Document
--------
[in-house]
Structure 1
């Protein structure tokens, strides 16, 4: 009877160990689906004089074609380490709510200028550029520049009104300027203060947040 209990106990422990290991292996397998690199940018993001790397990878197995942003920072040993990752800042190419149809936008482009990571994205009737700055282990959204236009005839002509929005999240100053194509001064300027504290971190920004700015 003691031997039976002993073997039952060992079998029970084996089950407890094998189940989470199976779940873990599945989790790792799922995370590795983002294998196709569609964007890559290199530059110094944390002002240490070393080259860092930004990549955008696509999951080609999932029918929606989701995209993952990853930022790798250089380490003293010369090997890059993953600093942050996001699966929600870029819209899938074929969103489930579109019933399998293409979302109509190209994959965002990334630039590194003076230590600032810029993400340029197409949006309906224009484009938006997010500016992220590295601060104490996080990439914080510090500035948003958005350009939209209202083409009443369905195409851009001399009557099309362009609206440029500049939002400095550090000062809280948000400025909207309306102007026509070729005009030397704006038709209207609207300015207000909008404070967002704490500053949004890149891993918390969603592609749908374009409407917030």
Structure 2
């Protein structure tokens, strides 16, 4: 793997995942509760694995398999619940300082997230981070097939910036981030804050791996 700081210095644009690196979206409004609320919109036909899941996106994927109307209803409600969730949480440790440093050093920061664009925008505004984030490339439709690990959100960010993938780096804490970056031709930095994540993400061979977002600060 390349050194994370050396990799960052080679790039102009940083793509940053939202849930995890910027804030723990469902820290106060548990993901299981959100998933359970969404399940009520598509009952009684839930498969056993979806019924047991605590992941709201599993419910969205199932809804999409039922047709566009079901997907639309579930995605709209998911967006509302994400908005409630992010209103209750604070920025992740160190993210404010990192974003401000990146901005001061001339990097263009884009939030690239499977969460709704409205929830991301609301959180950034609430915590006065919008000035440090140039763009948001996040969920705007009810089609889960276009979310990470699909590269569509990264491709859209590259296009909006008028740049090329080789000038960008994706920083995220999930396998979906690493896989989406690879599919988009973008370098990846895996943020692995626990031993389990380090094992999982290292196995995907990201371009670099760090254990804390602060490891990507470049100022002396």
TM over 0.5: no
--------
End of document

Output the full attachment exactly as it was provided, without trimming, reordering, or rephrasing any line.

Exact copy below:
[in-house]
Structure 1
């Protein structure tokens, strides 16, 4: 009877160990689906004089074609380490709510200028550029520049009104300027203060947040 209990106990422990290991292996397998690199940018993001790397990878197995942003920072040993990752800042190419149809936008482009990571994205009737700055282990959204236009005839002509929005999240100053194509001064300027504290971190920004700015 003691031997039976002993073997039952060992079998029970084996089950407890094998189940989470199976779940873990599945989790790792799922995370590795983002294998196709569609964007890559290199530059110094944390002002240490070393080259860092930004990549955008696509999951080609999932029918929606989701995209993952990853930022790798250089380490003293010369090997890059993953600093942050996001699966929600870029819209899938074929969103489930579109019933399998293409979302109509190209994959965002990334630039590194003076230590600032810029993400340029197409949006309906224009484009938006997010500016992220590295601060104490996080990439914080510090500035948003958005350009939209209202083409009443369905195409851009001399009557099309362009609206440029500049939002400095550090000062809280948000400025909207309306102007026509070729005009030397704006038709209207609207300015207000909008404070967002704490500053949004890149891993918390969603592609749908374009409407917030």
Structure 2
């Protein structure tokens, strides 16, 4: 793997995942509760694995398999619940300082997230981070097939910036981030804050791996 700081210095644009690196979206409004609320919109036909899941996106994927109307209803409600969730949480440790440093050093920061664009925008505004984030490339439709690990959100960010993938780096804490970056031709930095994540993400061979977002600060 390349050194994370050396990799960052080679790039102009940083793509940053939202849930995890910027804030723990469902820290106060548990993901299981959100998933359970969404399940009520598509009952009684839930498969056993979806019924047991605590992941709201599993419910969205199932809804999409039922047709566009079901997907639309579930995605709209998911967006509302994400908005409630992010209103209750604070920025992740160190993210404010990192974003401000990146901005001061001339990097263009884009939030690239499977969460709704409205929830991301609301959180950034609430915590006065919008000035440090140039763009948001996040969920705007009810089609889960276009979310990470699909590269569509990264491709859209590259296009909006008028740049090329080789000038960008994706920083995220999930396998979906690493896989989406690879599919988009973008370098990846895996943020692995626990031993389990380090094992999982290292196995995907990201371009670099760090254990804390602060490891990507470049100022002396």
TM over 0.5: no